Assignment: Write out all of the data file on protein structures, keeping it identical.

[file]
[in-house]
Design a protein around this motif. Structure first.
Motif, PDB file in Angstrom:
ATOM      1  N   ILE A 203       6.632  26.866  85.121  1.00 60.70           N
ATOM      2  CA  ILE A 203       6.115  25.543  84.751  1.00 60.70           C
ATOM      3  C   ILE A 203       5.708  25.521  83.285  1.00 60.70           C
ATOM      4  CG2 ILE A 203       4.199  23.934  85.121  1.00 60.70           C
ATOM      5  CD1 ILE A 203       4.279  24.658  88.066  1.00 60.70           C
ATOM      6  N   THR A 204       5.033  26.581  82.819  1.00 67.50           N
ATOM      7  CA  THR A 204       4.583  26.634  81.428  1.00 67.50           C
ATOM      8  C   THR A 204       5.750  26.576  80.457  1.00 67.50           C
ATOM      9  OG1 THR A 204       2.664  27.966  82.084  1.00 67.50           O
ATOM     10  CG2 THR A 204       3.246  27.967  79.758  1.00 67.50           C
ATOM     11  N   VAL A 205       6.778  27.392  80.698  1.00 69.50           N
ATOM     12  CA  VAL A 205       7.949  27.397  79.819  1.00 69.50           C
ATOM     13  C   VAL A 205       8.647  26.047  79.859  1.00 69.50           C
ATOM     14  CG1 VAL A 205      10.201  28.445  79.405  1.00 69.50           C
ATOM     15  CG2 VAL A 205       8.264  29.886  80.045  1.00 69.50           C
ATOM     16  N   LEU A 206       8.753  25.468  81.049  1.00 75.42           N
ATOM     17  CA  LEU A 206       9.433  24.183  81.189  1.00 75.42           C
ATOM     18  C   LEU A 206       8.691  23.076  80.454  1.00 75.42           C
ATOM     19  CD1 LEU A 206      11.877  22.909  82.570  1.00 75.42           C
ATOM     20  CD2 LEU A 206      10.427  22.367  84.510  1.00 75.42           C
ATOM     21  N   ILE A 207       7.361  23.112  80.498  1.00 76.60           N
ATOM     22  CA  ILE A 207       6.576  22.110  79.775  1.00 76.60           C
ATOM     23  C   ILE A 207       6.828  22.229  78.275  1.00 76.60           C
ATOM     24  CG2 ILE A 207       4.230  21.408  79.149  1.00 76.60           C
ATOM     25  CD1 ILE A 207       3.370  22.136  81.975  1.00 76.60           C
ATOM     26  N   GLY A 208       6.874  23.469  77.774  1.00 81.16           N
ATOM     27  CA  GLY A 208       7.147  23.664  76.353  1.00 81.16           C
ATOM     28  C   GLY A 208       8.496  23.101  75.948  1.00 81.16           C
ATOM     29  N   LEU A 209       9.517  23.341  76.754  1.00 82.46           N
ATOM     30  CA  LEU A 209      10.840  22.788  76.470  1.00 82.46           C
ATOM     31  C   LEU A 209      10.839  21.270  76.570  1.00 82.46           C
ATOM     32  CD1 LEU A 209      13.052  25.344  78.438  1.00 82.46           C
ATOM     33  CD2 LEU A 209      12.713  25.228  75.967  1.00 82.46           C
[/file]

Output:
[in-house]
Design a protein around this motif. Structure first.
Motif, PDB file in Angstrom:
ATOM      1  N   ILE A 203       6.632  26.866  85.121  1.00 60.70           N
ATOM      2  CA  ILE A 203       6.115  25.543  84.751  1.00 60.70           C
ATOM      3  C   ILE A 203       5.708  25.521  83.285  1.00 60.70           C
ATOM      4  CG2 ILE A 203       4.199  23.934  85.121  1.00 60.70           C
ATOM      5  CD1 ILE A 203       4.279  24.658  88.066  1.00 60.70           C
ATOM      6  N   THR A 204       5.033  26.581  82.819  1.00 67.50           N
ATOM      7  CA  THR A 204       4.583  26.634  81.428  1.00 67.50           C
ATOM      8  C   THR A 204       5.750  26.576  80.457  1.00 67.50           C
ATOM      9  OG1 THR A 204       2.664  27.966  82.084  1.00 67.50           O
ATOM     10  CG2 THR A 204       3.246  27.967  79.758  1.00 67.50           C
ATOM     11  N   VAL A 205       6.778  27.392  80.698  1.00 69.50           N
ATOM     12  CA  VAL A 205       7.949  27.397  79.819  1.00 69.50           C
ATOM     13  C   VAL A 205       8.647  26.047  79.859  1.00 69.50           C
ATOM     14  CG1 VAL A 205      10.201  28.445  79.405  1.00 69.50           C
ATOM     15  CG2 VAL A 205       8.264  29.886  80.045  1.00 69.50           C
ATOM     16  N   LEU A 206       8.753  25.468  81.049  1.00 75.42           N
ATOM     17  CA  LEU A 206       9.433  24.183  81.189  1.00 75.42           C
ATOM     18  C   LEU A 206       8.691  23.076  80.454  1.00 75.42           C
ATOM     19  CD1 LEU A 206      11.877  22.909  82.570  1.00 75.42           C
ATOM     20  CD2 LEU A 206      10.427  22.367  84.510  1.00 75.42           C
ATOM     21  N   ILE A 207       7.361  23.112  80.498  1.00 76.60           N
ATOM     22  CA  ILE A 207       6.576  22.110  79.775  1.00 76.60           C
ATOM     23  C   ILE A 207       6.828  22.229  78.275  1.00 76.60           C
ATOM     24  CG2 ILE A 207       4.230  21.408  79.149  1.00 76.60           C
ATOM     25  CD1 ILE A 207       3.370  22.136  81.975  1.00 76.60           C
ATOM     26  N   GLY A 208       6.874  23.469  77.774  1.00 81.16           N
ATOM     27  CA  GLY A 208       7.147  23.664  76.353  1.00 81.16           C
ATOM     28  C   GLY A 208       8.496  23.101  75.948  1.00 81.16           C
ATOM     29  N   LEU A 209       9.517  23.341  76.754  1.00 82.46           N
ATOM     30  CA  LEU A 209      10.840  22.788  76.470  1.00 82.46           C
ATOM     31  C   LEU A 209      10.839  21.270  76.570  1.00 82.46           C
ATOM     32  CD1 LEU A 209      13.052  25.344  78.438  1.00 82.46           C
ATOM     33  CD2 LEU A 209      12.713  25.228  75.967  1.00 82.46           C